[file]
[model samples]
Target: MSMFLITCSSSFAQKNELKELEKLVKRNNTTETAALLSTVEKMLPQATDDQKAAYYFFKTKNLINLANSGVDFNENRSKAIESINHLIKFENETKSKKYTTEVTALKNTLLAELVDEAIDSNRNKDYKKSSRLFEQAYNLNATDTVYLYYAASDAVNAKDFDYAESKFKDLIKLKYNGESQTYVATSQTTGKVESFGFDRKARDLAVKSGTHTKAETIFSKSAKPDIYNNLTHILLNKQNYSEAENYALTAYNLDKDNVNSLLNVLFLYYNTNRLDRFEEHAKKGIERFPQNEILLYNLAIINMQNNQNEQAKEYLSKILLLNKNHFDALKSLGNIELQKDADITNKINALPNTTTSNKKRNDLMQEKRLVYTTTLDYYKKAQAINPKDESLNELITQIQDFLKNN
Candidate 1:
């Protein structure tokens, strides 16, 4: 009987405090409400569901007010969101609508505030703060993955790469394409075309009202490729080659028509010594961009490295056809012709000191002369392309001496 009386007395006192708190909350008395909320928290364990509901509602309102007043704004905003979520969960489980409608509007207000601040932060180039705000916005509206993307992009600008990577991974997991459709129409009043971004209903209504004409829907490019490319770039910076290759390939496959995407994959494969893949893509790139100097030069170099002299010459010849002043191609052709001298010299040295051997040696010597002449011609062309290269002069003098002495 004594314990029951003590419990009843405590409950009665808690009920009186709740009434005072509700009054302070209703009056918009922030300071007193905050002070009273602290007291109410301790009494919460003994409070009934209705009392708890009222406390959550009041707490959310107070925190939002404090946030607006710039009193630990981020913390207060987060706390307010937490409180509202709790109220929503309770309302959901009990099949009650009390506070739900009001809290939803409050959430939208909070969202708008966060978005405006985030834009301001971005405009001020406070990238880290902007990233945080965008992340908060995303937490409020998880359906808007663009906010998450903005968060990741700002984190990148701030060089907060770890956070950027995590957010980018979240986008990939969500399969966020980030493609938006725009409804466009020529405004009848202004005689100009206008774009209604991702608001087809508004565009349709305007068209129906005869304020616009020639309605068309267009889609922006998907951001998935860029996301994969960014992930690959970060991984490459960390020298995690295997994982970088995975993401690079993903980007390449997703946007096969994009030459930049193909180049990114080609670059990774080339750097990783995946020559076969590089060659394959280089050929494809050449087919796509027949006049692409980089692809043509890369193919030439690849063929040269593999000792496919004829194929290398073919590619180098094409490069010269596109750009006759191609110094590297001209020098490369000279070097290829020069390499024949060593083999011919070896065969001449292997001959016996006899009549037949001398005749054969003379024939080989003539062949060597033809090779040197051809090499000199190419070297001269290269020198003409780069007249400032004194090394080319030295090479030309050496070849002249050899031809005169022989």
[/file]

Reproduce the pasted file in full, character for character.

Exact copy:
[model samples]
Target: MSMFLITCSSSFAQKNELKELEKLVKRNNTTETAALLSTVEKMLPQATDDQKAAYYFFKTKNLINLANSGVDFNENRSKAIESINHLIKFENETKSKKYTTEVTALKNTLLAELVDEAIDSNRNKDYKKSSRLFEQAYNLNATDTVYLYYAASDAVNAKDFDYAESKFKDLIKLKYNGESQTYVATSQTTGKVESFGFDRKARDLAVKSGTHTKAETIFSKSAKPDIYNNLTHILLNKQNYSEAENYALTAYNLDKDNVNSLLNVLFLYYNTNRLDRFEEHAKKGIERFPQNEILLYNLAIINMQNNQNEQAKEYLSKILLLNKNHFDALKSLGNIELQKDADITNKINALPNTTTSNKKRNDLMQEKRLVYTTTLDYYKKAQAINPKDESLNELITQIQDFLKNN
Candidate 1:
């Protein structure tokens, strides 16, 4: 009987405090409400569901007010969101609508505030703060993955790469394409075309009202490729080659028509010594961009490295056809012709000191002369392309001496 009386007395006192708190909350008395909320928290364990509901509602309102007043704004905003979520969960489980409608509007207000601040932060180039705000916005509206993307992009600008990577991974997991459709129409009043971004209903209504004409829907490019490319770039910076290759390939496959995407994959494969893949893509790139100097030069170099002299010459010849002043191609052709001298010299040295051997040696010597002449011609062309290269002069003098002495 004594314990029951003590419990009843405590409950009665808690009920009186709740009434005072509700009054302070209703009056918009922030300071007193905050002070009273602290007291109410301790009494919460003994409070009934209705009392708890009222406390959550009041707490959310107070925190939002404090946030607006710039009193630990981020913390207060987060706390307010937490409180509202709790109220929503309770309302959901009990099949009650009390506070739900009001809290939803409050959430939208909070969202708008966060978005405006985030834009301001971005405009001020406070990238880290902007990233945080965008992340908060995303937490409020998880359906808007663009906010998450903005968060990741700002984190990148701030060089907060770890956070950027995590957010980018979240986008990939969500399969966020980030493609938006725009409804466009020529405004009848202004005689100009206008774009209604991702608001087809508004565009349709305007068209129906005869304020616009020639309605068309267009889609922006998907951001998935860029996301994969960014992930690959970060991984490459960390020298995690295997994982970088995975993401690079993903980007390449997703946007096969994009030459930049193909180049990114080609670059990774080339750097990783995946020559076969590089060659394959280089050929494809050449087919796509027949006049692409980089692809043509890369193919030439690849063929040269593999000792496919004829194929290398073919590619180098094409490069010269596109750009006759191609110094590297001209020098490369000279070097290829020069390499024949060593083999011919070896065969001449292997001959016996006899009549037949001398005749054969003379024939080989003539062949060597033809090779040197051809090499000199190419070297001269290269020198003409780069007249400032004194090394080319030295090479030309050496070849002249050899031809005169022989």